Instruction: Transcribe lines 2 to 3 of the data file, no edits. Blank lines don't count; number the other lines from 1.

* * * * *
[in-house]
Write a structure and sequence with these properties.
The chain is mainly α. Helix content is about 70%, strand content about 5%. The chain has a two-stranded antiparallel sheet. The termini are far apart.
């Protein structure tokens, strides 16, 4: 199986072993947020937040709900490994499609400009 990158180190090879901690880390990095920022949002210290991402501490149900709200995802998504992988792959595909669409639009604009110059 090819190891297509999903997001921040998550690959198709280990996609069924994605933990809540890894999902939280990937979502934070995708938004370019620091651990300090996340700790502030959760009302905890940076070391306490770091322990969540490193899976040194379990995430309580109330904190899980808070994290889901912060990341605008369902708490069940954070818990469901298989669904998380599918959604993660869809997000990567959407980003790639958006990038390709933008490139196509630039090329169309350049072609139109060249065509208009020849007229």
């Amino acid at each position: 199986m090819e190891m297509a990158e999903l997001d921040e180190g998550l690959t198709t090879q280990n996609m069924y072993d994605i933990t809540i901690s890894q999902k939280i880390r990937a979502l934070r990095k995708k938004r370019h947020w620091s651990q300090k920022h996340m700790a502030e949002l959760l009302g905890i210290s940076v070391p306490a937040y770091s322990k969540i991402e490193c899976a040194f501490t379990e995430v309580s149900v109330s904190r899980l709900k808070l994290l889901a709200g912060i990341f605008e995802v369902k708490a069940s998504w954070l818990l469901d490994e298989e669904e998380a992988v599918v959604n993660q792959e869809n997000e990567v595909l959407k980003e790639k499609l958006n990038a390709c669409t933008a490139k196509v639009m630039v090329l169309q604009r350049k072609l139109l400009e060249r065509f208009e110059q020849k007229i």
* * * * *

Write a structure and sequence with these properties.
The chain is mainly α. Helix content is about 70%, strand content about 5%. The chain has a two-stranded antiparallel sheet. The termini are far apart.